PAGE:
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Sports Med. 2005;35(3):191-212.

Does neuromuscular electrical stimulation strengthen the quadriceps femoris? A systematic review of randomised controlled trials.

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1
Research Center for Medical Informatics, Graduate School of Medical Sciences, Kitasato University, Sagamihara, Japan. leonbax@kitasato-u.ac.jp

Abstract

Devices for neuromuscular electrical stimulation (NMES) are increasingly used by individuals without specific injuries and are standard equipment in most physical therapy practices. The most often stimulated muscle group is the quadriceps femoris. We designed a systematic review and meta-analysis of randomised controlled trials to determine whether NMES is an effective modality for strength augmentation of the quadriceps femoris. A full content search for randomised controlled trials was performed in Medline, Embase, Cinahl, the Cochrane Controlled Trials Register and the Physical Therapy Evidence Database. Maximum volitional isometric or isokinetic muscle torque in Nm was used as main outcome measure.Thirty-five trials were included and evaluated. A fundamental distinction was made between the trials using subjects with unimpaired quadriceps femoris muscles and the trials using post-injury or post-operative subjects. In the unimpaired quadriceps subgroup, meta-analyses were performed for the comparisons 'NMES versus no exercises' and 'NMES versus volitional exercises'. All other comparisons were evaluated descriptively. The included trials were generally of poor quality and meta-analytic data indicate that publication bias may be present. The evaluated data suggest that, both for the unimpaired and impaired quadriceps, NMES makes sense compared with doing no exercises but volitional exercises appear to be more effective in most situations.Based on the available evidence, NMES may only be preferred over volitional training for within-cast muscle training and perhaps in specific situations where volitional training does not receive sufficient patient compliance. Further research should be directed toward identifying the clinical impact at activity and participation levels and the optimal stimulation parameters of this modality.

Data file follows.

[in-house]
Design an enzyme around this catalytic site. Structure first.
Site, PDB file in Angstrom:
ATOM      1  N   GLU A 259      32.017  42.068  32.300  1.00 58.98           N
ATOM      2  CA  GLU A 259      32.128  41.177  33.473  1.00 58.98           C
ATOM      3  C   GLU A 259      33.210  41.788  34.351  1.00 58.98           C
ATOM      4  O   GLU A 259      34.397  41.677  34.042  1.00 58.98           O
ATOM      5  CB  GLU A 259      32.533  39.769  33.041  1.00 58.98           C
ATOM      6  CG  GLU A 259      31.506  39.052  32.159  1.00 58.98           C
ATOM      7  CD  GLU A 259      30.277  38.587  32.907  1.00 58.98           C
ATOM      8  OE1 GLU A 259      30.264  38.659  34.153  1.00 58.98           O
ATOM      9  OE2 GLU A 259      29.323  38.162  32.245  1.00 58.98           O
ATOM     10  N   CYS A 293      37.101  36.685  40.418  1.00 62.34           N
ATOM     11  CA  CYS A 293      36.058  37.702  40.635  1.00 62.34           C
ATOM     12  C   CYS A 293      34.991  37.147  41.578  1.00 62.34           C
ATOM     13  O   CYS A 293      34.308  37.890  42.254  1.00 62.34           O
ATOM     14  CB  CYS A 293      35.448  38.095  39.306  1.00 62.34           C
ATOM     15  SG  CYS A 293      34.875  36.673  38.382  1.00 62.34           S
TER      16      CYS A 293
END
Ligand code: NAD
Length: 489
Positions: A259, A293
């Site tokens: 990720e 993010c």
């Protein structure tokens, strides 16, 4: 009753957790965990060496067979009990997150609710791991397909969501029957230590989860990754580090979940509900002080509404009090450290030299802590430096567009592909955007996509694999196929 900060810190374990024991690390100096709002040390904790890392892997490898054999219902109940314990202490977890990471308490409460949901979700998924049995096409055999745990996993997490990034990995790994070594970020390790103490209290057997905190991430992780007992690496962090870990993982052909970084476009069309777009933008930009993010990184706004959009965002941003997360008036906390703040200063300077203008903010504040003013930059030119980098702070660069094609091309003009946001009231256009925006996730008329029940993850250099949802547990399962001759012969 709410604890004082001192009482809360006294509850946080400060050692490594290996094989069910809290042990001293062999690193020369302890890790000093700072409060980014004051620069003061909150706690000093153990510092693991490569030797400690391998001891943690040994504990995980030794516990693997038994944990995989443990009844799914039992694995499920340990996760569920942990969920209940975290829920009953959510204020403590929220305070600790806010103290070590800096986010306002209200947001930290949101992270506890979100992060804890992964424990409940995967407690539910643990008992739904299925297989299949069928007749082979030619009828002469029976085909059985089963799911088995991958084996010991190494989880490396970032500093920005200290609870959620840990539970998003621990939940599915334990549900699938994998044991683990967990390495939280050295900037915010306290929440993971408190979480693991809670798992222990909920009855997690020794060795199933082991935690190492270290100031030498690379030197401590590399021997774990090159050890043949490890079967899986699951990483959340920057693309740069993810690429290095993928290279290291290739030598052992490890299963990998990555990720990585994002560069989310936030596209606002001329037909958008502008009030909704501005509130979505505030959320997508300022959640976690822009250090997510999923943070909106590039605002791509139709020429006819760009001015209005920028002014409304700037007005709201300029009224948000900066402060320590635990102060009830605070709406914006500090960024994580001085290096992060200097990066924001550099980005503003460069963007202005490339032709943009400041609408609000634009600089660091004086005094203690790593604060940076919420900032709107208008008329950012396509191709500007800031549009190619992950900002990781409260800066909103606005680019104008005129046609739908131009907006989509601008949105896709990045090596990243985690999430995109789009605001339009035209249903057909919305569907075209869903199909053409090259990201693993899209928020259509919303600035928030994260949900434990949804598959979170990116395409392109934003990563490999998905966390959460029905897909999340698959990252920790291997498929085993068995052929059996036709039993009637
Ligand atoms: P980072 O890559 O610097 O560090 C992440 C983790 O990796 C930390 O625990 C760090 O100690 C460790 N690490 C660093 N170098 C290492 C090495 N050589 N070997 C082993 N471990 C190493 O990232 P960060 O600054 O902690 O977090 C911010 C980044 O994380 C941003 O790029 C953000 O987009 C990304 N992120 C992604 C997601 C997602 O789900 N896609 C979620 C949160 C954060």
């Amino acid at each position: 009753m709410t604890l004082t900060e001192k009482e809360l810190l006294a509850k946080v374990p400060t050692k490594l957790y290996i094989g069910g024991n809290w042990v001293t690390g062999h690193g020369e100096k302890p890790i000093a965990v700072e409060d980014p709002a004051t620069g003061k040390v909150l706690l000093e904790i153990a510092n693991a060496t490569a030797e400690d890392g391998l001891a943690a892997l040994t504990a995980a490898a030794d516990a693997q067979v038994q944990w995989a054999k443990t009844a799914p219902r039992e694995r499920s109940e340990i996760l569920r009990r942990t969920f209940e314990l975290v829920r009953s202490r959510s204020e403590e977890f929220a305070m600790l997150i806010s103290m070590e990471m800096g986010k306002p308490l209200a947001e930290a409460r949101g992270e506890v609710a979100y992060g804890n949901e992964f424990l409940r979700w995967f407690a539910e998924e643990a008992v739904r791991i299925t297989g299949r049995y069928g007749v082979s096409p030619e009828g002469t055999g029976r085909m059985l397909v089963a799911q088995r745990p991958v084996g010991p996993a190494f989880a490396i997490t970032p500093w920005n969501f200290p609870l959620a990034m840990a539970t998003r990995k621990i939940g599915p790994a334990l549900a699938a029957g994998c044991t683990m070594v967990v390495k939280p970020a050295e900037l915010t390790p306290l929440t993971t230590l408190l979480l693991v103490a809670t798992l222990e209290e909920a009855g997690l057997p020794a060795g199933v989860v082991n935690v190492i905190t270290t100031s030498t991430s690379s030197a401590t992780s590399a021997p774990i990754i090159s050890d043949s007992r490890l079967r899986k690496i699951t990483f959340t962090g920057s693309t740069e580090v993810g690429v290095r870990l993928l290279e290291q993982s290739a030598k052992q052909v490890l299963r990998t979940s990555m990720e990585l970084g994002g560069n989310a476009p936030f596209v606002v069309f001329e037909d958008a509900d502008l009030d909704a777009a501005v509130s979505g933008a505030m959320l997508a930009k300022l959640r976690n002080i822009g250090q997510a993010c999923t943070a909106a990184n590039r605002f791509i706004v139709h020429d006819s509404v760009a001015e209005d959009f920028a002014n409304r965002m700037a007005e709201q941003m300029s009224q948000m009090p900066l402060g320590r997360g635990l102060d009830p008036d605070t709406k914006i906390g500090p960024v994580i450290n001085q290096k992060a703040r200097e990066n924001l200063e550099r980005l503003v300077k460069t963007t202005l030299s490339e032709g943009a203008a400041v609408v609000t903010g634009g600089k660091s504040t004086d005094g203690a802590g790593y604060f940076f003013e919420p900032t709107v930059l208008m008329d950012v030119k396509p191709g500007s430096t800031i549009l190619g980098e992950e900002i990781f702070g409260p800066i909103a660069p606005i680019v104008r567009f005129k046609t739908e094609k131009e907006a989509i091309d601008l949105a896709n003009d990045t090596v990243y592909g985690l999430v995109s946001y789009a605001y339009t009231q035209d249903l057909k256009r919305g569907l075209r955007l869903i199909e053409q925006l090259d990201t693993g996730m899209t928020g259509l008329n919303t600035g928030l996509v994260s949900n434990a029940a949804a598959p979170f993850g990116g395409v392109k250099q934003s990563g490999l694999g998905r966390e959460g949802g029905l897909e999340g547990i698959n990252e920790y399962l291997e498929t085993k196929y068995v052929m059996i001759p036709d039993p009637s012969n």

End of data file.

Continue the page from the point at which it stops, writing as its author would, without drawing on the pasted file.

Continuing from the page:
PMID:
15730336
[Indexed for MEDLINE]
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